BrewDog Scrutinised By ASA For False Marketing Claims

Visibility can work for and against an organisation; BrewDog has recently been scrutinised for marketing mistakes, including a January advertisement

The alternative brewery, BrewDog, has come under scrutiny by the Advertising Standards Authority (ASA) regarding an advertisement of its Clean & Press Hard Seltzer drink, which was released in January 2021. The advert provokes questions about the message that it portrays to the consumer. 

The ASA has challenged BrewDog over its misleading health claims attached to the branding of the product. In particular, the advert stated, “Even though Clean & press is only 90 calories per can, with no carbs or sugar and a little bit of alcohol, this is not a health drink. If you are looking for a health drink, do not drink Clean & Press.” BrewDog is also on the ASA radar after it made a false announcement of a competition prize. The company had said the winner of a competition would receive a solid gold can worth £15,000, which turned out to be gold plated. 

In an Instagram post, the company said, “Due to advertising regulations, we cannot claim this drink is healthy”, while the advert actually claimed the drink is low in calories. The ASA also challenged BrewDog for using the phrase “a little bit of alcohol” as the Hard Seltzer drink has a 5% volume of alcohol.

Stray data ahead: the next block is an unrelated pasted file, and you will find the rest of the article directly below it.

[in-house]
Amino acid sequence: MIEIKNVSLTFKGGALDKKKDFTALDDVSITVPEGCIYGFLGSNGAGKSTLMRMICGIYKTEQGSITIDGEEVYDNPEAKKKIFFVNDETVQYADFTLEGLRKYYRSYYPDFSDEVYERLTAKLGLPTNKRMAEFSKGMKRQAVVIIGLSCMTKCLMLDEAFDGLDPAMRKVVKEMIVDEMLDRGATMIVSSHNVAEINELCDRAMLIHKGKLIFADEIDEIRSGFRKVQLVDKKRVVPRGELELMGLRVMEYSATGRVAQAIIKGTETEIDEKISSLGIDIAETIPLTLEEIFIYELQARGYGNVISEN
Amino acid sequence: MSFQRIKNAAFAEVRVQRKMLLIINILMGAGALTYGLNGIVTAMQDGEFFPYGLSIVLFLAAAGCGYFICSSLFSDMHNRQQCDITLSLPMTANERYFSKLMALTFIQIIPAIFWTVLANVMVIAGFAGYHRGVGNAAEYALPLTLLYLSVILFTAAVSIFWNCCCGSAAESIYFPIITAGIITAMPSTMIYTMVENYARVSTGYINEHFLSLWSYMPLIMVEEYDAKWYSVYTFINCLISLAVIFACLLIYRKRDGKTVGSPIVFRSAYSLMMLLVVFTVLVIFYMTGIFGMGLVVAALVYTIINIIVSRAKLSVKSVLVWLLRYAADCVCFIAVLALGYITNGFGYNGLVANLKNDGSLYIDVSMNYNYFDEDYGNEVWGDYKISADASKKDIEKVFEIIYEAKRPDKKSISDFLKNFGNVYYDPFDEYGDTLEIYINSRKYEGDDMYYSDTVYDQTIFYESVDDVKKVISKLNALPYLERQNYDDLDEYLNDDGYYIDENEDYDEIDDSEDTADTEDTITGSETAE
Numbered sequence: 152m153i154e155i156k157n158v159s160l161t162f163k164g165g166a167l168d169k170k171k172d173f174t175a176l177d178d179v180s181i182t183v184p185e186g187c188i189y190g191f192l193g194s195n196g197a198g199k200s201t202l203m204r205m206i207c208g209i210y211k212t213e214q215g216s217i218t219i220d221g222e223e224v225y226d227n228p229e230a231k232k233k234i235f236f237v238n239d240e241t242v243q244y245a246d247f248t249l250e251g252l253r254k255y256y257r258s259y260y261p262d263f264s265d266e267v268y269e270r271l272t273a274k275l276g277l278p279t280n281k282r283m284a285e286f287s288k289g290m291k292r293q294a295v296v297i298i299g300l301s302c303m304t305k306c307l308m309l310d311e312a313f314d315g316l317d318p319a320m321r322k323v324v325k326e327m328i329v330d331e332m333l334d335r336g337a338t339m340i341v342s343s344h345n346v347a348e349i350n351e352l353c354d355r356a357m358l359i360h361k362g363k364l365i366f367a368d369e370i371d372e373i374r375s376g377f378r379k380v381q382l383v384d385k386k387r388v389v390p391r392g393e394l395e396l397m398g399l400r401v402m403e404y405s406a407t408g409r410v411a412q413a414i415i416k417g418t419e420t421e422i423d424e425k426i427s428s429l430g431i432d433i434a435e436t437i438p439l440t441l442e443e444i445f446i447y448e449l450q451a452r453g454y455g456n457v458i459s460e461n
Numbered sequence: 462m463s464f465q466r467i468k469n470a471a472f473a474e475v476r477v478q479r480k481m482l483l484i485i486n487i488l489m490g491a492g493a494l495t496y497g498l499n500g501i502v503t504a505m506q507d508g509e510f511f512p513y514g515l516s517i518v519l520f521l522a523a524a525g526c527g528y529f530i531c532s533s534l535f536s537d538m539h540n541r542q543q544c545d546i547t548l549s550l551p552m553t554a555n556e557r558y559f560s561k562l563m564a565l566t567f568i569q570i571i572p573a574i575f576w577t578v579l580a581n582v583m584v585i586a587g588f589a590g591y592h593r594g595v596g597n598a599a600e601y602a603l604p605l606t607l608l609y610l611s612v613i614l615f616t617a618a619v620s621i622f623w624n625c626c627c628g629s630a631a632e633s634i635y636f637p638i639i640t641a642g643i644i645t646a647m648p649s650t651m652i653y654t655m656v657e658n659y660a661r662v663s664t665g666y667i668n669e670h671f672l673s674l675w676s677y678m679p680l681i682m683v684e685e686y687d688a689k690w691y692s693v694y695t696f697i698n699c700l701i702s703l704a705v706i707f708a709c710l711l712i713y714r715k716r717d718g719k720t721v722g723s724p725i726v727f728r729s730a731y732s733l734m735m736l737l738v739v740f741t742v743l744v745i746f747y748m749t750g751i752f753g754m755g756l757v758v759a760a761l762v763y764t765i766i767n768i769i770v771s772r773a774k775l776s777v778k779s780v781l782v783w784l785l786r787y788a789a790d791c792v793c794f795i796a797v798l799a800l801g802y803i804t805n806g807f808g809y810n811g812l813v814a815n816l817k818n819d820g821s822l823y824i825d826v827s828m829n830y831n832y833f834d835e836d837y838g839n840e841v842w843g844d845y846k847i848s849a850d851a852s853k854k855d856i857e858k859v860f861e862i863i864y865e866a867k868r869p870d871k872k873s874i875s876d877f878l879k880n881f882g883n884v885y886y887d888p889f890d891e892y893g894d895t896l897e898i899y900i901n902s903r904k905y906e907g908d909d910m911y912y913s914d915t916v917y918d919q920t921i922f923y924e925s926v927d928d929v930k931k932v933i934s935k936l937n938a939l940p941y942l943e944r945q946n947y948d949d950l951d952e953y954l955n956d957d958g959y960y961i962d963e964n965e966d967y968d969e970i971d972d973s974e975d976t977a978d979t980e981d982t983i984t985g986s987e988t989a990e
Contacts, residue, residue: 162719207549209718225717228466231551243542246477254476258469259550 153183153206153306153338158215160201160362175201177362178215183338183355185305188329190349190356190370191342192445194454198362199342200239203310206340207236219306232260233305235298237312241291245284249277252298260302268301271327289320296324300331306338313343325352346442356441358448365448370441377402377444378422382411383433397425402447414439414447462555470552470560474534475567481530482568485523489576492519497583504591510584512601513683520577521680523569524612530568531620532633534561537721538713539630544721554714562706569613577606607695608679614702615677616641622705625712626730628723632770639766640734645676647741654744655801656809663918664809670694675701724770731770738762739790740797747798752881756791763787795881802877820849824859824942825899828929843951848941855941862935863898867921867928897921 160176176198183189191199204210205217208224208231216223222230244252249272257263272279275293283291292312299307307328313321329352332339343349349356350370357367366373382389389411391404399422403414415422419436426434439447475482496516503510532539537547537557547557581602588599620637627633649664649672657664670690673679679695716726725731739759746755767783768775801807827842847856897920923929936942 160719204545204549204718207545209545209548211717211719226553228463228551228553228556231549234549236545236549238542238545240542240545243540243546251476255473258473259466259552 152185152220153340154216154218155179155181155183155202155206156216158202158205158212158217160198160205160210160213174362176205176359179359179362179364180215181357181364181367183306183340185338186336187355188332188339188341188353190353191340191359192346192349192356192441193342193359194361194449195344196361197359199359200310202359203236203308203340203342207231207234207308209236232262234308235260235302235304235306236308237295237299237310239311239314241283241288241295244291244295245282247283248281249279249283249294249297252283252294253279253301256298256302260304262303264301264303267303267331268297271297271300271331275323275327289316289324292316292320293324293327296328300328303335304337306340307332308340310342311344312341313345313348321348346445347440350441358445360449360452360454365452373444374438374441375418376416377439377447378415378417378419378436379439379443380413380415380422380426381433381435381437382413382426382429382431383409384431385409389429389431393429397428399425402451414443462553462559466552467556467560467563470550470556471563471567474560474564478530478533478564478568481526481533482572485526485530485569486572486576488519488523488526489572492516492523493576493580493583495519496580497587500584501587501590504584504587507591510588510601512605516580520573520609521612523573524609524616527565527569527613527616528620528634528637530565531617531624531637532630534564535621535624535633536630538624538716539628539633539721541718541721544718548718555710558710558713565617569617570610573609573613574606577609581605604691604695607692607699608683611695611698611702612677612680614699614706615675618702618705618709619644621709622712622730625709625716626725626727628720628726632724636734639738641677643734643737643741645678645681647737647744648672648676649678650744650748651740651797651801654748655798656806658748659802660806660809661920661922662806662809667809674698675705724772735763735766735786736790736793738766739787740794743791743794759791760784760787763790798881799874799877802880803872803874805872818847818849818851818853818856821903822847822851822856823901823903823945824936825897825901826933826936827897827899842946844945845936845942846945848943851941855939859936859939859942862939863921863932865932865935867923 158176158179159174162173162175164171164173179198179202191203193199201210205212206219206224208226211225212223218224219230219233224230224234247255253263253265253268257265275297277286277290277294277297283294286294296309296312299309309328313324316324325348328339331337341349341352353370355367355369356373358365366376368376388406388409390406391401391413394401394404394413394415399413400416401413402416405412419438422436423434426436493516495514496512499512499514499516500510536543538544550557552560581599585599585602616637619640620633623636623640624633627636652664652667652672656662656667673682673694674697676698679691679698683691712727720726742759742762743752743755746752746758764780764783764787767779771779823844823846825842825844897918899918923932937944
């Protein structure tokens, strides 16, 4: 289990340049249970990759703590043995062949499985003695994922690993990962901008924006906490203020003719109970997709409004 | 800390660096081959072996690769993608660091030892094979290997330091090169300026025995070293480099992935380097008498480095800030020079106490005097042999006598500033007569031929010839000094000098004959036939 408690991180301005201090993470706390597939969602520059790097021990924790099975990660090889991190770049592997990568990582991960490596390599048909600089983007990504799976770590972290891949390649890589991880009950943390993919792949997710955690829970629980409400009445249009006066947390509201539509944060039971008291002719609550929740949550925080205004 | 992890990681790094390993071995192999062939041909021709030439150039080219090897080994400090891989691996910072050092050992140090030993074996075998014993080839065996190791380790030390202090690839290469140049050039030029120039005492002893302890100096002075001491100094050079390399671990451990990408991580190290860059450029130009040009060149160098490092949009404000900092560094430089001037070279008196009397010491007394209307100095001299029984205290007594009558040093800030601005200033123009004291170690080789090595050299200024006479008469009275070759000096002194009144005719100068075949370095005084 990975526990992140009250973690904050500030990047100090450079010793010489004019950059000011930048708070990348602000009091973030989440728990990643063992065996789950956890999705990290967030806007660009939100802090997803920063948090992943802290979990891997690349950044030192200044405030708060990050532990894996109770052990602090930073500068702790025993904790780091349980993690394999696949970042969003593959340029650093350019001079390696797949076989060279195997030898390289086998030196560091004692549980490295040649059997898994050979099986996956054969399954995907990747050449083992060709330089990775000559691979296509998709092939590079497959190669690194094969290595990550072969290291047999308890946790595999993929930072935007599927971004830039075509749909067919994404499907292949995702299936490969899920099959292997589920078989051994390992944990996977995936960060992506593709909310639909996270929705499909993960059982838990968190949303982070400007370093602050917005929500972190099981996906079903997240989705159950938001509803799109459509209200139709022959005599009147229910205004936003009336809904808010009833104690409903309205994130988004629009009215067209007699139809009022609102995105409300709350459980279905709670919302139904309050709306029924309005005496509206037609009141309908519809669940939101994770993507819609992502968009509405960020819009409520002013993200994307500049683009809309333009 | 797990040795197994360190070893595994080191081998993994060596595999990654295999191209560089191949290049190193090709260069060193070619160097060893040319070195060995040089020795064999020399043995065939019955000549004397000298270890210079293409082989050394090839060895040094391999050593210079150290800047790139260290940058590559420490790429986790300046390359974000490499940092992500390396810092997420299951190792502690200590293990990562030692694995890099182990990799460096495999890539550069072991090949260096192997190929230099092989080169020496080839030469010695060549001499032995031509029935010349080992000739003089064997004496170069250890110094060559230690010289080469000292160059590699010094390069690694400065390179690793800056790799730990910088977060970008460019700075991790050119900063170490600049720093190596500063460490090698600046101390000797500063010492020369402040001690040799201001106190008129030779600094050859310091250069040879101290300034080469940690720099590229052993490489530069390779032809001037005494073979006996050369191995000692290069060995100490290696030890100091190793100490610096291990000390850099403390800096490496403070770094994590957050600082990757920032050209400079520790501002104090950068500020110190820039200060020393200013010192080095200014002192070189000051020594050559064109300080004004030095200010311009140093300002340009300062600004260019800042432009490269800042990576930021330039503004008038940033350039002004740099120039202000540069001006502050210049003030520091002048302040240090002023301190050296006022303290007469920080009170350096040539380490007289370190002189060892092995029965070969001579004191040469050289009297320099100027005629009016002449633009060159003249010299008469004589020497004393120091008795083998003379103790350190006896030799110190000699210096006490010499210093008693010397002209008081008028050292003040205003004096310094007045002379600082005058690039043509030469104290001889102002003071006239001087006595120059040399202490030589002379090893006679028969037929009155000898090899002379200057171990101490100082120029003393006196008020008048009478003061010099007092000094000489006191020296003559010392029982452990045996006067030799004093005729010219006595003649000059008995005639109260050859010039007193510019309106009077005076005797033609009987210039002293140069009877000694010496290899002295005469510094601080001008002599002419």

Further phrases like “only 90 calories per can” and “no carbs or sugar” have raised concerns, as they were nutritional claims that are not permitted for use in the advertisement of alcoholic drinks. BrewDog has responded to these challenges by saying it was “tongue in cheek” before confirming they “have accepted the ASA ruling and have removed the wording in question.” 

The ASA has also banned posts from BrewDog’s rival brand, Drty Drinks, and website posts by other firms, High Water and Whisp Drinks, for other nutrition claims for alcoholic drinks. 

The Importance Of Careful Marketing

There are some significant hiccups with the campaigns run by BrewDog, which was likely attempting to market its products in an alternative way - to match the  company’s ambition of being an ‘alternative’ brewery. A label BrewDog employees take great pride from. Despite how safe companies may feel when publishing advertisements on social media sites, this case highlights the importance of carrying out the research to determine what can and can’t be said in relation to a product. 

Thanks to modern technology, marketing materials are more accessible to everyone, which can somewhat expose companies to scrutiny.

Besides the negative media, BrewDog has a broad sustainability strategy involving electrification of its distribution, renewable energy implements and responsible waste management.


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